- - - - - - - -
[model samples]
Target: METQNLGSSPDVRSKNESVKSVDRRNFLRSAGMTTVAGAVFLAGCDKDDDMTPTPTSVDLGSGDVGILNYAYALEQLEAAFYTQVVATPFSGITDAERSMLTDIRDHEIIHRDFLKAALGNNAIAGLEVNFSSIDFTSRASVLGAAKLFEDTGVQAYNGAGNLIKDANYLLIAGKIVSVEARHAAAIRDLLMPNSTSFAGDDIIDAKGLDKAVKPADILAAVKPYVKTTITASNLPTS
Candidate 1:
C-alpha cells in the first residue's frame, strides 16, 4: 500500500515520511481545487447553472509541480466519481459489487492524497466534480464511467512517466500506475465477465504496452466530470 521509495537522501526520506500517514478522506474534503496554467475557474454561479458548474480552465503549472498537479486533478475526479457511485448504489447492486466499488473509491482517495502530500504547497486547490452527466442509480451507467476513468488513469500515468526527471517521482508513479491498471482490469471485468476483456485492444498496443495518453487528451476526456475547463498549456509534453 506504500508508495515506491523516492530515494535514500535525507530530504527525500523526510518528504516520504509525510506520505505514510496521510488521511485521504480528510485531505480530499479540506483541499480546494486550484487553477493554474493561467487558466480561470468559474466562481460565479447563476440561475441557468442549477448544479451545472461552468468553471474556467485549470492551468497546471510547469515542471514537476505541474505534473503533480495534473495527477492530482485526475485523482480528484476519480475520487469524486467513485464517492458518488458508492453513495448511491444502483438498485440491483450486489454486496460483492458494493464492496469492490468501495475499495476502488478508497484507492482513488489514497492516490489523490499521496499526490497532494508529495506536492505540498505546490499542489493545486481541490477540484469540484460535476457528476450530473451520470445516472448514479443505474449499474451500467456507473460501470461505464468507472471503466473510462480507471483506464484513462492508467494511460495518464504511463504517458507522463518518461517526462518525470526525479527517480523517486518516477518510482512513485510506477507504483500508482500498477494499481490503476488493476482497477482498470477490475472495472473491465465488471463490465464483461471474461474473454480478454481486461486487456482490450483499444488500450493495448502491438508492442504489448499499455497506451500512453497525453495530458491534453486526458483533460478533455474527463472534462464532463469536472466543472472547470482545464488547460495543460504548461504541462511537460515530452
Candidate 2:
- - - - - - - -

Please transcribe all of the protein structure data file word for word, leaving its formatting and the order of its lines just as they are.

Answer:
[model samples]
Target: METQNLGSSPDVRSKNESVKSVDRRNFLRSAGMTTVAGAVFLAGCDKDDDMTPTPTSVDLGSGDVGILNYAYALEQLEAAFYTQVVATPFSGITDAERSMLTDIRDHEIIHRDFLKAALGNNAIAGLEVNFSSIDFTSRASVLGAAKLFEDTGVQAYNGAGNLIKDANYLLIAGKIVSVEARHAAAIRDLLMPNSTSFAGDDIIDAKGLDKAVKPADILAAVKPYVKTTITASNLPTS
Candidate 1:
C-alpha cells in the first residue's frame, strides 16, 4: 500500500515520511481545487447553472509541480466519481459489487492524497466534480464511467512517466500506475465477465504496452466530470 521509495537522501526520506500517514478522506474534503496554467475557474454561479458548474480552465503549472498537479486533478475526479457511485448504489447492486466499488473509491482517495502530500504547497486547490452527466442509480451507467476513468488513469500515468526527471517521482508513479491498471482490469471485468476483456485492444498496443495518453487528451476526456475547463498549456509534453 506504500508508495515506491523516492530515494535514500535525507530530504527525500523526510518528504516520504509525510506520505505514510496521510488521511485521504480528510485531505480530499479540506483541499480546494486550484487553477493554474493561467487558466480561470468559474466562481460565479447563476440561475441557468442549477448544479451545472461552468468553471474556467485549470492551468497546471510547469515542471514537476505541474505534473503533480495534473495527477492530482485526475485523482480528484476519480475520487469524486467513485464517492458518488458508492453513495448511491444502483438498485440491483450486489454486496460483492458494493464492496469492490468501495475499495476502488478508497484507492482513488489514497492516490489523490499521496499526490497532494508529495506536492505540498505546490499542489493545486481541490477540484469540484460535476457528476450530473451520470445516472448514479443505474449499474451500467456507473460501470461505464468507472471503466473510462480507471483506464484513462492508467494511460495518464504511463504517458507522463518518461517526462518525470526525479527517480523517486518516477518510482512513485510506477507504483500508482500498477494499481490503476488493476482497477482498470477490475472495472473491465465488471463490465464483461471474461474473454480478454481486461486487456482490450483499444488500450493495448502491438508492442504489448499499455497506451500512453497525453495530458491534453486526458483533460478533455474527463472534462464532463469536472466543472472547470482545464488547460495543460504548461504541462511537460515530452
Candidate 2: